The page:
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Five of the most common questions about climate change and sustainable investing

In this article Craig Bonthon from one of the worlds leading financial services business Kames Kapital answer five of the most common questions that investors asks about the investment implications of global climate change. The answers may surprise you.

Craig Bonthron, Co-manager of Kames Global Sustainable Equity Fund and author of the article.

Q1: When will renewables be cheaper than fossil fuels?
The short answer is that they already are. According to the latest annual Lazard Levelised Cost of Energy (LCOE) study, in most parts of the world renewables are already cheaper than fossil fuels without any subsidies. In some areas the most expensive form of solar energy is cheaper than the cheapest form of conventional energy on an LCOE-basis.

Chart 1 shows the changing cost of energy since 2009. The message is clear — renewable energy is cheap and getting cheaper.

Finally, from an engineering perspective renewables are a relatively simple undertaking. That means the projected cost at the start of a renewables project is much more likely to be accurate than for a conventional energy project. According to the Union of Concerned Scientists, the average nuclear power station project runs over budget by approximately 107%, while wind and solar project costs overrun by less than 10% and less than 1% respectively.

Chart 1: The changing cost of energy (2009–2017)

Source: Lazard estimates 2017. Levelised Cost of Energy (unsubsidised). Primarily relates to North American alternative energy landscape, but reflects broader/global cost declines.

Q2: Can we entirely replace fossil fuels with renewable energy?
We believe this is a question of ‘when’, not ‘if’. The reality is that it will take decades to completely wean ourselves off fossil fuels, even if we invest heavily now. But renewables should continue to become cheaper due to its relative technological immaturity and a scaling-up of the industry.
In the future, the areas with the best wind and sunshine will likely export renewable energy, much like they do fossil fuels today.

Below is a thought experiment from Quora, which was referenced by Forbes Magazine:

If we cover 43,000 square miles of the Earth with solar panels, even with moderate efficiencies achievable easily today, it will provide more than 17.4 TW of power. The Sahara Desert in Africa is 3.6 million square miles and is prime for solar power (more than 12 hours per day). That means 1.2% of the Sahara Desert is sufficient to cover all of the energy needs of the world from solar energy. The cost of the project would be about $5 trillion, a one-time cost at today’s prices without assuming any economy of scale savings.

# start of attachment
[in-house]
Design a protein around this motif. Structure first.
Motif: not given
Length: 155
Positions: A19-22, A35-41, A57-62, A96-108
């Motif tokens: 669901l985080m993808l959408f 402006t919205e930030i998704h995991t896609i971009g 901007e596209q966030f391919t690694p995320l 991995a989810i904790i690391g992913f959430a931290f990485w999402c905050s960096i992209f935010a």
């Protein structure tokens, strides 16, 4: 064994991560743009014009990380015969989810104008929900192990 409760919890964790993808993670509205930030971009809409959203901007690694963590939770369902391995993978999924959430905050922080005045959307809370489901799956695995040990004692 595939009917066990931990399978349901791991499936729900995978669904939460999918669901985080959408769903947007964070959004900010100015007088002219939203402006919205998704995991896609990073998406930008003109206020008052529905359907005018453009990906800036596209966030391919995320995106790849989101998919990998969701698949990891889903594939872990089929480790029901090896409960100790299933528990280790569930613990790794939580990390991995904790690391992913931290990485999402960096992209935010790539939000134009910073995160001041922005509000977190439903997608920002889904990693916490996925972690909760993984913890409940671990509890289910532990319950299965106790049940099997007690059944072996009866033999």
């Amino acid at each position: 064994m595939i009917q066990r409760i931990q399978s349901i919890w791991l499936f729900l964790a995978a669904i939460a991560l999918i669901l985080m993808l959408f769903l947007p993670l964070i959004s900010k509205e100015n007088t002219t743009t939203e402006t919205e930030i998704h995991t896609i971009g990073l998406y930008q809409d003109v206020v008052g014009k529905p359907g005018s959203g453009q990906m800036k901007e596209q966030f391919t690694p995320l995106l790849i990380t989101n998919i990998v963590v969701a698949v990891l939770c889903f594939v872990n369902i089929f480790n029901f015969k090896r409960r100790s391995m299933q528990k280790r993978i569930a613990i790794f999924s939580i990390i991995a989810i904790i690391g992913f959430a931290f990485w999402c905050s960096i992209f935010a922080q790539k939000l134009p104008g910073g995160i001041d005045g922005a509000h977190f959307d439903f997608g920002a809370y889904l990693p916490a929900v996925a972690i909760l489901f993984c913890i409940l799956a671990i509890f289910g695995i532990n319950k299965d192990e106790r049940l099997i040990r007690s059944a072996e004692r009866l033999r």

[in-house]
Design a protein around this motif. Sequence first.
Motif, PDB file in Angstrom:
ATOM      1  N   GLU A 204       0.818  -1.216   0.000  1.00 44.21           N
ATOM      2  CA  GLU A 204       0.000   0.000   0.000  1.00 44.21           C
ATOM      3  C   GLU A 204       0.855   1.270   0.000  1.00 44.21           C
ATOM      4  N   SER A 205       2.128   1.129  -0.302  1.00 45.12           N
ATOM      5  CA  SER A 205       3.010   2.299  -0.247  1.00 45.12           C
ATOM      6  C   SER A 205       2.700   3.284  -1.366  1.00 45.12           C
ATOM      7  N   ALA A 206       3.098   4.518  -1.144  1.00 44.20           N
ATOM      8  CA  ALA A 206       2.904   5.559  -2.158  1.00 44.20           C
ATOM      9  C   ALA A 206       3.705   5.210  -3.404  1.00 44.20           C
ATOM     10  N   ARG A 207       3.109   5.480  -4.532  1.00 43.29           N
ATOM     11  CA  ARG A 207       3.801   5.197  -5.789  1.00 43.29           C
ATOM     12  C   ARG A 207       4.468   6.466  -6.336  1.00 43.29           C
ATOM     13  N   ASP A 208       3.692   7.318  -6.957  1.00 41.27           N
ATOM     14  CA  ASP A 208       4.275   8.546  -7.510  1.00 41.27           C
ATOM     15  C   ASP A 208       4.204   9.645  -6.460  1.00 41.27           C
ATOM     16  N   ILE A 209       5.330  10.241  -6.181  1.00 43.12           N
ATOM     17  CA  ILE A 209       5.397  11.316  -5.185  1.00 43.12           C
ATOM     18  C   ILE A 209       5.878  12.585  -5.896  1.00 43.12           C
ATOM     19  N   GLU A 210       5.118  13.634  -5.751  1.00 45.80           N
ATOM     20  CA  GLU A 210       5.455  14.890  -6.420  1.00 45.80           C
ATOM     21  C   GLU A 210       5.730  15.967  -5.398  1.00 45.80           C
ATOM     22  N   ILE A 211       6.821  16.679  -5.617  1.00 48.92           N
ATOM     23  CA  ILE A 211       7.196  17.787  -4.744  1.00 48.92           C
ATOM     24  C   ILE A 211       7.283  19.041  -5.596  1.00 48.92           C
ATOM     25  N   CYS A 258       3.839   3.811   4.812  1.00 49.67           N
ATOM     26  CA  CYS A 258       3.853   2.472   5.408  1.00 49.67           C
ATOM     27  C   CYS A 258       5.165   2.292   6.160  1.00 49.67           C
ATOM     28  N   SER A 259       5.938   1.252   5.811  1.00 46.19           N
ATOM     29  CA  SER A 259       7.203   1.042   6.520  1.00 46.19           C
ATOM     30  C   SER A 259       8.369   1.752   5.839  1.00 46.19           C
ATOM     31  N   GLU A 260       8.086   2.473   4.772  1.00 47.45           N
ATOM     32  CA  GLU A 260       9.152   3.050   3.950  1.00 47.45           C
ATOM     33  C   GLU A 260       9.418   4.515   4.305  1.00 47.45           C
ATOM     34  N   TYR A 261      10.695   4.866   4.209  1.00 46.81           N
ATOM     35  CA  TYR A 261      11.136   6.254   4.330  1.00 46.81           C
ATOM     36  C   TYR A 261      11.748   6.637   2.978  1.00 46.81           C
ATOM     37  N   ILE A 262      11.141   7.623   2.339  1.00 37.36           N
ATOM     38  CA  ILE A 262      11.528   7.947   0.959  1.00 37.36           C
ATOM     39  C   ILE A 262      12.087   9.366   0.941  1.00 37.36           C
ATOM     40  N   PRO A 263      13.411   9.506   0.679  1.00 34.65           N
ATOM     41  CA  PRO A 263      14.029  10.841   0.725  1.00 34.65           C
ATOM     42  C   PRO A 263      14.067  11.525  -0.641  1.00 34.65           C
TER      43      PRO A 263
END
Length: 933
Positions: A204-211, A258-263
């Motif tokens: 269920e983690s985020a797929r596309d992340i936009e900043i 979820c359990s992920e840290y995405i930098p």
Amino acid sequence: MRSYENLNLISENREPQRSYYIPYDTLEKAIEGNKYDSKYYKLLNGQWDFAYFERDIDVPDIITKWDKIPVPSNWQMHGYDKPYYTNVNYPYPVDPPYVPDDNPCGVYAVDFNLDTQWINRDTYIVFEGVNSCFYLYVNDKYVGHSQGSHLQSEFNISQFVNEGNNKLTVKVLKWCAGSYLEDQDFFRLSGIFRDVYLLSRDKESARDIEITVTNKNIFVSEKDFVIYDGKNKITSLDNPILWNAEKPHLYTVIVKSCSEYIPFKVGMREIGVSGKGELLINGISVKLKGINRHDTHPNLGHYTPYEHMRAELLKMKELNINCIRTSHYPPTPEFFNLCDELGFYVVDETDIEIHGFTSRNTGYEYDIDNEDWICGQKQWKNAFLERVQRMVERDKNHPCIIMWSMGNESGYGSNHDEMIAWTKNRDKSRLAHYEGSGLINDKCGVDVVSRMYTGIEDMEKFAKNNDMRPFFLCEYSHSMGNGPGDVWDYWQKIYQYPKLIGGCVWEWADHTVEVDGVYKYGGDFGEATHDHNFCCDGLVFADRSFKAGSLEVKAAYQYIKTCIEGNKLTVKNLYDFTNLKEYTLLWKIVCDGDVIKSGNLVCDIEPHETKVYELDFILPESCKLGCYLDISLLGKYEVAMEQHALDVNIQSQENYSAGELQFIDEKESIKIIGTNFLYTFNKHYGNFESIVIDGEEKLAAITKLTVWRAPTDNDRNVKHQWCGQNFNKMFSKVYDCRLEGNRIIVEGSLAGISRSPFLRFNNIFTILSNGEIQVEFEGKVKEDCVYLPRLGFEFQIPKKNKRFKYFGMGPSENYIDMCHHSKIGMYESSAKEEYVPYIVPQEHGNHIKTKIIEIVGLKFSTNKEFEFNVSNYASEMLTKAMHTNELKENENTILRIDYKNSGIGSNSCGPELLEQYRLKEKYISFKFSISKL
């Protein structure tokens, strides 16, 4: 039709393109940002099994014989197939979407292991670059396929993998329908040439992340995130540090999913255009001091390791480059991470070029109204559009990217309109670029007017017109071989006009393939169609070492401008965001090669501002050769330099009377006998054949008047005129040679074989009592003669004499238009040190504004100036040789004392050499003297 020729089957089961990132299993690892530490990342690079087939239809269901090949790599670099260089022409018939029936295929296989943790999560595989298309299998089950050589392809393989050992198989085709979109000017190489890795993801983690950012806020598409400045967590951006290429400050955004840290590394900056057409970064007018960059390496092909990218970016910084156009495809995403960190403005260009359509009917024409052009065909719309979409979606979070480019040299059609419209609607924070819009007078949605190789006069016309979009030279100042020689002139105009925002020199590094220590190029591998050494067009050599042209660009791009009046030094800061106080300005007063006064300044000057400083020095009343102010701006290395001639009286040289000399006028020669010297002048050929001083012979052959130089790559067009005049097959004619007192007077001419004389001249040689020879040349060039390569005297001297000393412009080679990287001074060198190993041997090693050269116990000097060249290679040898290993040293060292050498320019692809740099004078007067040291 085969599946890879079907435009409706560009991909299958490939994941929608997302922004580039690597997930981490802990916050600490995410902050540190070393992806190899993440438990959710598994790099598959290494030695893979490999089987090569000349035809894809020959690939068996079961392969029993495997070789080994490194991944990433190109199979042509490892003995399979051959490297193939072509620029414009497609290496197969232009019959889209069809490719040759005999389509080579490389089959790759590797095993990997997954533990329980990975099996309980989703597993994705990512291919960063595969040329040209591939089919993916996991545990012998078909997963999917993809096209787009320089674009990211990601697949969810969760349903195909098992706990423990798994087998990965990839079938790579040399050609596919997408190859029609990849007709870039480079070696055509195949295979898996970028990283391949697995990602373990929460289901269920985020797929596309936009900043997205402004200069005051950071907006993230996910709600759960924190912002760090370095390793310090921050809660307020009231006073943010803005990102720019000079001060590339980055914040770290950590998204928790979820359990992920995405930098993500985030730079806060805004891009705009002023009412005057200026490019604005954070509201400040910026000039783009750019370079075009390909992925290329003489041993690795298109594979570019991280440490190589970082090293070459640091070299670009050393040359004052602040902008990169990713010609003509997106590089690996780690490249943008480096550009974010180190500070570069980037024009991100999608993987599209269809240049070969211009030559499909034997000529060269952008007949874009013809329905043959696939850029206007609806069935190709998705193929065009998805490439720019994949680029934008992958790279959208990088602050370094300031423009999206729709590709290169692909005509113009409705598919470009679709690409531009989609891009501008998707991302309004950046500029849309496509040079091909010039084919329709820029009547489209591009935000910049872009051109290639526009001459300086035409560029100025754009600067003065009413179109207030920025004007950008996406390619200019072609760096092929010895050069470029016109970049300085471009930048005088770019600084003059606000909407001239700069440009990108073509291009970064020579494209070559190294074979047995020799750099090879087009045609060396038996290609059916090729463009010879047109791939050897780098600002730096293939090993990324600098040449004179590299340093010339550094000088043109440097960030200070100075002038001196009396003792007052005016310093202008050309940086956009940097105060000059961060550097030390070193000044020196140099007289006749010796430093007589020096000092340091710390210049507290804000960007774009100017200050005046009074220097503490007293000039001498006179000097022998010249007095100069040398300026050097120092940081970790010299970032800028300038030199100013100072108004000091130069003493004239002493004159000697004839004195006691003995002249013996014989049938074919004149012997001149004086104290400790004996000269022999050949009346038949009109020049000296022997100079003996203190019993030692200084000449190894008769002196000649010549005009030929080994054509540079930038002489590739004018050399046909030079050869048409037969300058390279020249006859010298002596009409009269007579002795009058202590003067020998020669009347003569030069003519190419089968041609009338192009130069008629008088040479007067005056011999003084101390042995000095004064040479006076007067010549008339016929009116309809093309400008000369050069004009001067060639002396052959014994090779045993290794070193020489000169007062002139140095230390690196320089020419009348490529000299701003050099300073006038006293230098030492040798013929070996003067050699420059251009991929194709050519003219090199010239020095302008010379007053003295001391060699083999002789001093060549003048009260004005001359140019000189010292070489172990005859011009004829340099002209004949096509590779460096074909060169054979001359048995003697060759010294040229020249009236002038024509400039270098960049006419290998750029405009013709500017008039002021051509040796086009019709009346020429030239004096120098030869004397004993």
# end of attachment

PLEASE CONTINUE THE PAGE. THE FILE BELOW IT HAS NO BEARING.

If $5 trillion is anywhere near correct, this is very cheap indeed. A recent estimate (see chart 2 below) estimates a capital expenditure spend of $2.1 trillion on renewables by 2050.

Chart 2: Annual global renewable energy capital expenditure (US$ billions)

Source: DNV GL. As of September 30, 2017. Data from 2015 to 2050 is estimated or forecast.

We view this as a conservative estimate. To put it into context:

  • An estimated $7.9 trillion of capital expenditure has been spent on the oil and gas sector since 1998;
  • An estimated $1.5 trillion was spent on the recent US tax cut;
  • Global GDP is around $50 trillion annually; and
  • The equivalent estimated cost to generate 17.4TW of nuclear power would be $52 trillion (before any cost overruns)

The International Monetary Fund estimates that we are actually subsidising fossil fuels indirectly to the tune of €300 billion euros per year if environmental damage is taken into account. According to Munich Re, losses from natural disasters are on the rise; they estimate that the cost in 2017 alone was $330 billion. Like I said, a $5 trillion one-time cost seems cheap.

Q3: When will electric vehicles with decent range be cheaper than the equivalent oil burner?
For premium cars the answer is now. For mass-market cars it’s 3–4 years.

You can get an electric vehicle today that is equivalent to or cheaper on a three-year cost of ownership basis than the equivalent oil burner. For example, the Tesla Model S is cheaper on this basis than the BMW 7 Series.